These candidates go live on a weekly basis depending on their availability to start interviewing so clients are presented only with high quality candidates who have high intent to interview.
What processes do you think let companies down in finding the best candidates?
Often it’s the length of the interview process and the time it takes to hire a prospective employee.
The Hired process is designed to minimise the time it takes companies to hire. We do this by using a marketplace approach to remove the middle man from the process and directly connect companies and candidates. We ask candidates to put a lot of information on their profiles about what they are looking to do next, their preferred base salary and the kind of company that they are interested in working at. This helps create transparency and alignment upfront, and reduces the friction in the hiring process.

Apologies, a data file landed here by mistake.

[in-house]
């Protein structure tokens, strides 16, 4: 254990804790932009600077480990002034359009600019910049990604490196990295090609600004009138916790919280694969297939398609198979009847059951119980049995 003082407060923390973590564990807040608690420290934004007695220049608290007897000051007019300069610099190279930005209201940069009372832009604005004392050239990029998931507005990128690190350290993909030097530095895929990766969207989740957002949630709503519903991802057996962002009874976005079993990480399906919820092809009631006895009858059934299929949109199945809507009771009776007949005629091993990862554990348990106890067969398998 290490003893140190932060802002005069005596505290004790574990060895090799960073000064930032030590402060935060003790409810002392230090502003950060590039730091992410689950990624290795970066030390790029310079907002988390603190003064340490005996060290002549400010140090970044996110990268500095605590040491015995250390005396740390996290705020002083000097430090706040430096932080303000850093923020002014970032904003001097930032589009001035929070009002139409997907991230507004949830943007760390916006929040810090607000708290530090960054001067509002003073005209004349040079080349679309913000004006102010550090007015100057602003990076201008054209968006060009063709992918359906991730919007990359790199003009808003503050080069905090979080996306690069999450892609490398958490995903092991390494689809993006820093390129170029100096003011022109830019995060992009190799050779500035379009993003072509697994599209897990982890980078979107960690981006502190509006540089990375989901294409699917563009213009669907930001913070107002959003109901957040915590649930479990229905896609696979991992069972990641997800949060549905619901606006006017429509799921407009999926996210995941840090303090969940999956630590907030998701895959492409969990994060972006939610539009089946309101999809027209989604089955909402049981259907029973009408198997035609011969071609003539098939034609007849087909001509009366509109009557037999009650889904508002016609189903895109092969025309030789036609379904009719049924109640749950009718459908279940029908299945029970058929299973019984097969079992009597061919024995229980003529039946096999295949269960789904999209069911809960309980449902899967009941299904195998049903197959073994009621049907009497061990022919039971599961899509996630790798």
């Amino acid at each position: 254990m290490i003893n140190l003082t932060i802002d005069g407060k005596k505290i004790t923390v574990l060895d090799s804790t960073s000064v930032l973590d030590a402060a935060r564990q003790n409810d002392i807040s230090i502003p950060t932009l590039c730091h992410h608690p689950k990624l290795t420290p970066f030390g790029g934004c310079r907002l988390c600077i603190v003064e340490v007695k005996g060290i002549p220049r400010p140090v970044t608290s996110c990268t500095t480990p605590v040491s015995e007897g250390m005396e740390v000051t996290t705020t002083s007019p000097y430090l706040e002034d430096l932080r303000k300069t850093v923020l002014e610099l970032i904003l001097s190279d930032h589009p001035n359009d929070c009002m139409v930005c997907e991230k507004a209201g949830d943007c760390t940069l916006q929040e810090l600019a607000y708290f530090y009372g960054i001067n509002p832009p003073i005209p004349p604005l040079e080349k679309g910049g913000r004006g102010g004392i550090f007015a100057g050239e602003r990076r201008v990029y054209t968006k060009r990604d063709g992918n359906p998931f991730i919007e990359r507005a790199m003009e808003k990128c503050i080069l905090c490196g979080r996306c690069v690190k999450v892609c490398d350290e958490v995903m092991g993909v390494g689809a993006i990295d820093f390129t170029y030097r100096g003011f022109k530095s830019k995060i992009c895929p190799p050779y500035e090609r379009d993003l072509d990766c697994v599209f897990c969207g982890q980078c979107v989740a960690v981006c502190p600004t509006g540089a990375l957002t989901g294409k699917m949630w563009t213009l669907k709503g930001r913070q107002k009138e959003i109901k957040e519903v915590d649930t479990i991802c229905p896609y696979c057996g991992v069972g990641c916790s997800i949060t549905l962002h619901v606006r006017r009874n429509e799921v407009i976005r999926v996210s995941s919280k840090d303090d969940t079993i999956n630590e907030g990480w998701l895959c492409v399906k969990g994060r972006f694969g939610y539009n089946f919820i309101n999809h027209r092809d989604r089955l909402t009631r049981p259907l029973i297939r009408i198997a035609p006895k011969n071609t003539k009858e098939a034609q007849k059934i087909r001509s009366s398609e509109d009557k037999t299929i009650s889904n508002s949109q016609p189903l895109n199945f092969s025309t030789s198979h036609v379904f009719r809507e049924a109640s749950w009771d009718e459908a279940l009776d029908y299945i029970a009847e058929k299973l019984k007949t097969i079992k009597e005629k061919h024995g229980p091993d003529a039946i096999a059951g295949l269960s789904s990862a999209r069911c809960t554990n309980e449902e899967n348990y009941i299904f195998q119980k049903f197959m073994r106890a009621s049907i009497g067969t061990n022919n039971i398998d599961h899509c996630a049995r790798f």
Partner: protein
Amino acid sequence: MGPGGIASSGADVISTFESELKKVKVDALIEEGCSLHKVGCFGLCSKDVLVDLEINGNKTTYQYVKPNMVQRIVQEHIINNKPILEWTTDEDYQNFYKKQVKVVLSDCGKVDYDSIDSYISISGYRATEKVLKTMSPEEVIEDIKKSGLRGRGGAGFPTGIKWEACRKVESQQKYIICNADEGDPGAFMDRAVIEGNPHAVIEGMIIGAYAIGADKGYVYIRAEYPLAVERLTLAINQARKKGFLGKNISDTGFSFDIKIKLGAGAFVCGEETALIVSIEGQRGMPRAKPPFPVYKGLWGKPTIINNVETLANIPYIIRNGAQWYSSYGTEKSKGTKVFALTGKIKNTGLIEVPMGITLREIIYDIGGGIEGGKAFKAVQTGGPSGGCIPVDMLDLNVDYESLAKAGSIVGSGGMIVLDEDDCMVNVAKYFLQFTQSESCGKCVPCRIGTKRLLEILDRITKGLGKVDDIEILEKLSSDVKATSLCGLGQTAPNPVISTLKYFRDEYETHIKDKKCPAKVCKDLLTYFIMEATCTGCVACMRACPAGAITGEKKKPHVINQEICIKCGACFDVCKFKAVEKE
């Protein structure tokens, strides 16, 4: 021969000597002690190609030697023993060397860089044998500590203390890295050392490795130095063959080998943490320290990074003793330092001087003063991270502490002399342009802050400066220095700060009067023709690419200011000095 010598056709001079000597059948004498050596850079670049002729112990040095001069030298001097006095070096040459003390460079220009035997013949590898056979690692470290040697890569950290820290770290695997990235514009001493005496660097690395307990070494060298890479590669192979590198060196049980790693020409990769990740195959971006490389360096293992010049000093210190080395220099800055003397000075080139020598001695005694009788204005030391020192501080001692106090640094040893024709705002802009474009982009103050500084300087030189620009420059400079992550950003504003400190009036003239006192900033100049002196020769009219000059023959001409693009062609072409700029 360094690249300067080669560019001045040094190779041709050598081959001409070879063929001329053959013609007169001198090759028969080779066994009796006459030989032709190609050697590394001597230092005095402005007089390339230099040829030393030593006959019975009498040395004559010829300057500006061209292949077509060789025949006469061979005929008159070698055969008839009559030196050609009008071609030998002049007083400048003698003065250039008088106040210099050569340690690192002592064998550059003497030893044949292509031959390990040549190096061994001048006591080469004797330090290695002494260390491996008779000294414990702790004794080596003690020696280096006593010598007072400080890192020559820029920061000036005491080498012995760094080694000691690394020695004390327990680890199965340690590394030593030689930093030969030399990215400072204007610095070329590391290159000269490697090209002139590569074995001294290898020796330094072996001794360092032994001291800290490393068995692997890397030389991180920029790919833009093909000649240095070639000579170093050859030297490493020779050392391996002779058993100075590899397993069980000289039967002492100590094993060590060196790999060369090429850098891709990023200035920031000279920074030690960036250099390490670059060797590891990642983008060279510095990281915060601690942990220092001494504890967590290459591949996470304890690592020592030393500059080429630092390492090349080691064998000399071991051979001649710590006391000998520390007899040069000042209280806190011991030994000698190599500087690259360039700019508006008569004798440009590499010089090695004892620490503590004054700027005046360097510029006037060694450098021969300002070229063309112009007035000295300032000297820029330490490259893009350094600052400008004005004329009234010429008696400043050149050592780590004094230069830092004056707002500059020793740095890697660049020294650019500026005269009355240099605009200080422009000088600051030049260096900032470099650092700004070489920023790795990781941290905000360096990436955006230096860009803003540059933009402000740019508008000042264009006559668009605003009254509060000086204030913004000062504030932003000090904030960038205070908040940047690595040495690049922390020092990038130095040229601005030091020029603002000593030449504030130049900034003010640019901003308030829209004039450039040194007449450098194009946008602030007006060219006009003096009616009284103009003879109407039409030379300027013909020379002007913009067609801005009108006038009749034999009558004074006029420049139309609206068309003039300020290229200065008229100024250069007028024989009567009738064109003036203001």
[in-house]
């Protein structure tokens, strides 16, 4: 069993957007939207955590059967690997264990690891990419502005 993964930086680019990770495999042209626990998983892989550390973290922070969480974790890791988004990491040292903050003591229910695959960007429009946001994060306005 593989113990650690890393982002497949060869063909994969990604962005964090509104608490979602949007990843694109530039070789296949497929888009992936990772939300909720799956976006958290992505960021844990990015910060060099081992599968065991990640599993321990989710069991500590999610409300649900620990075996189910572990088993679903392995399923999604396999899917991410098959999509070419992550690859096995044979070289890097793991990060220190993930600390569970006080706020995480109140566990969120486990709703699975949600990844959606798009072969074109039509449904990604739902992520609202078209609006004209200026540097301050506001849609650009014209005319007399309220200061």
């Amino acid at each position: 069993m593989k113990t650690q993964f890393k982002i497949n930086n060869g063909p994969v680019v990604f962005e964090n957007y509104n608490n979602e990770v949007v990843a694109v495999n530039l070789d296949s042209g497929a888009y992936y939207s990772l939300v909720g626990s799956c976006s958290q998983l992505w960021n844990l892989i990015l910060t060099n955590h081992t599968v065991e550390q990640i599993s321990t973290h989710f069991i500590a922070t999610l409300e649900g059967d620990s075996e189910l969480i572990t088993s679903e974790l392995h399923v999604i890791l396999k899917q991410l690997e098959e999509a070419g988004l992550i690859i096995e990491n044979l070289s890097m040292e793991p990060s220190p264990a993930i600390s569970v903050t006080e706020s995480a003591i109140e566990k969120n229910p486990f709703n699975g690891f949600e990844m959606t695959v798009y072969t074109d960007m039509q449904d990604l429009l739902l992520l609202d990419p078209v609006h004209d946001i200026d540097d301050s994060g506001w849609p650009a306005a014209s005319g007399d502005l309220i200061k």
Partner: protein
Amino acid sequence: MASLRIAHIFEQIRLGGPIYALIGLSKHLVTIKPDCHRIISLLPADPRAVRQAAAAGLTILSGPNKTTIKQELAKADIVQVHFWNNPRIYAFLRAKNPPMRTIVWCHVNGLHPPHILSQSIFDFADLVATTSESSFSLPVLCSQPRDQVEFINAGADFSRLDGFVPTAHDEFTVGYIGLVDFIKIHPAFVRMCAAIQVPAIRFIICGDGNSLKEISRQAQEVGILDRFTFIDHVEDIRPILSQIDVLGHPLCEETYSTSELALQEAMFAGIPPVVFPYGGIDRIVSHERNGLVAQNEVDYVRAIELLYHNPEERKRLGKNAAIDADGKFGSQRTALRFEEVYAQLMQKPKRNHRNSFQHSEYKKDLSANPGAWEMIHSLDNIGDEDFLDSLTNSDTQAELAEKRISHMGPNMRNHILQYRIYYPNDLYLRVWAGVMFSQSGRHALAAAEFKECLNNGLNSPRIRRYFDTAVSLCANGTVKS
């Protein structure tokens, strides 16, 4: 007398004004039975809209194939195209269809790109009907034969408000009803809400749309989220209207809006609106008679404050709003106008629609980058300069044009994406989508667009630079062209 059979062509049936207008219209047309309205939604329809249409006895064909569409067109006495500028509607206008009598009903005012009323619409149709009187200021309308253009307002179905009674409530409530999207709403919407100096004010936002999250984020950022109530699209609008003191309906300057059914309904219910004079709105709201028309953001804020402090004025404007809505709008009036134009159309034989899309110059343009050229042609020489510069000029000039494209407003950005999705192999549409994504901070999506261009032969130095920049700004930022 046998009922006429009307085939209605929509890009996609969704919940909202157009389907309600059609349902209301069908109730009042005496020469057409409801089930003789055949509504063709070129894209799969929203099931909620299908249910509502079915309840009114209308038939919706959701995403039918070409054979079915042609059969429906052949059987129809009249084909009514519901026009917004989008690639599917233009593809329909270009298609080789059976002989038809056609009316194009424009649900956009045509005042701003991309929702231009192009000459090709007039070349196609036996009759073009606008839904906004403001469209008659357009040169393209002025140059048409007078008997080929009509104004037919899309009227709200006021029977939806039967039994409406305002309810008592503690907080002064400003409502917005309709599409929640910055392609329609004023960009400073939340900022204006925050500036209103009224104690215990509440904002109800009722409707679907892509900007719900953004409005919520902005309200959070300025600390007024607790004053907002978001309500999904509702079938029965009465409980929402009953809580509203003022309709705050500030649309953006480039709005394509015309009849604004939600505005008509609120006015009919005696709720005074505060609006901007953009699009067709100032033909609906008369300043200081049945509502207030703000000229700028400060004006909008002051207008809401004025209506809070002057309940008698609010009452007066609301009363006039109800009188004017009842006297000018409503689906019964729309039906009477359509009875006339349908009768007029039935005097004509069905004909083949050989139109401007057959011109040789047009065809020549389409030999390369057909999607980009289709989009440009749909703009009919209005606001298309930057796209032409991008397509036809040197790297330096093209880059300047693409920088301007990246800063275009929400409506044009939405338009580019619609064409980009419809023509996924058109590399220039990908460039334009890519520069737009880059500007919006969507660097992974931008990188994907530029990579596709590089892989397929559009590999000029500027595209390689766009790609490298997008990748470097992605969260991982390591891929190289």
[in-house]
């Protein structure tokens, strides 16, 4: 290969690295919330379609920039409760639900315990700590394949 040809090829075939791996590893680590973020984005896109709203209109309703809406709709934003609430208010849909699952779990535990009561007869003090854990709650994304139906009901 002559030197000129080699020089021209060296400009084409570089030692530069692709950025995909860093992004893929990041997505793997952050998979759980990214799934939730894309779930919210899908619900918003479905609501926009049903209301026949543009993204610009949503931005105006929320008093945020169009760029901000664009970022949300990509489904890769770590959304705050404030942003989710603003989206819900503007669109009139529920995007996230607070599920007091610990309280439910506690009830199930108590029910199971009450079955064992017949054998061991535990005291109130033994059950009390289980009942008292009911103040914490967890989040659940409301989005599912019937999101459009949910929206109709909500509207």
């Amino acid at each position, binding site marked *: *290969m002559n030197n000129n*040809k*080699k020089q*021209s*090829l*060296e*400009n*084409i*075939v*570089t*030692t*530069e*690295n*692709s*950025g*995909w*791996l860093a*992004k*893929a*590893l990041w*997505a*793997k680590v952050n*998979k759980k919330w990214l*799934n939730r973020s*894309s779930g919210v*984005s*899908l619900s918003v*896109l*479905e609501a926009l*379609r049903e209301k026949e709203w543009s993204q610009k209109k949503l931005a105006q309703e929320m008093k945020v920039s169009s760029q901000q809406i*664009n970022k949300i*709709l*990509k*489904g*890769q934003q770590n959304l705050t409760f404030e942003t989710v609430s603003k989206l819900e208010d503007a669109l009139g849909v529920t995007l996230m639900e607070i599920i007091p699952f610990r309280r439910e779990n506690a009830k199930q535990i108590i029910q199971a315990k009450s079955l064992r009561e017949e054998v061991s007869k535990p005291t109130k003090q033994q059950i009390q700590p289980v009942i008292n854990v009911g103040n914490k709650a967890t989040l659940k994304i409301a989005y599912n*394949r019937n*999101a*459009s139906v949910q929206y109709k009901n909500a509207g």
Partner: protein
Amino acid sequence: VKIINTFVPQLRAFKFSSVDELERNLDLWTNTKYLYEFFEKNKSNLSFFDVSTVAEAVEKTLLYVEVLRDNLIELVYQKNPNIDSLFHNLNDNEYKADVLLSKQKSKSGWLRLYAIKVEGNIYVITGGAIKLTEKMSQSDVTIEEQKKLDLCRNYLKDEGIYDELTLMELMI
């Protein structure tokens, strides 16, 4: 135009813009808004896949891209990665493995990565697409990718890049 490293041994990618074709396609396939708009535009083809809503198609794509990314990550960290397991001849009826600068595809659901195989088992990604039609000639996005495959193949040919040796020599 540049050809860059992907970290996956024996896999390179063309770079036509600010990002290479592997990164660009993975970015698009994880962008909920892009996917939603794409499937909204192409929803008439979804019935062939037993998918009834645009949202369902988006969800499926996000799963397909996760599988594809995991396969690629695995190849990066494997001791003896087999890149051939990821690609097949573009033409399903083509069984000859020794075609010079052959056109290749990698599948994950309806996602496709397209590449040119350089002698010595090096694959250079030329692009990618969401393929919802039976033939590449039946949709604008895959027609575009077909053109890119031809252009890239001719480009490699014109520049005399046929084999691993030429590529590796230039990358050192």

The average time to hire on the Hired platform is less than 22 days in the UK and less than 19 days in the US.
What are the new challenges and opportunities available in the recruitment industry?
Before the internet, the way that you found jobs was through a recruitment agency that worked for clients.
The first iteration of internet recruitment was Monster, a platform through which companies could post jobs to which anyone could apply. The problem for companies with this approach was around the calibre of candidates applying. Employers had to sift through the applications to find a few great candidates, making this a very time consuming.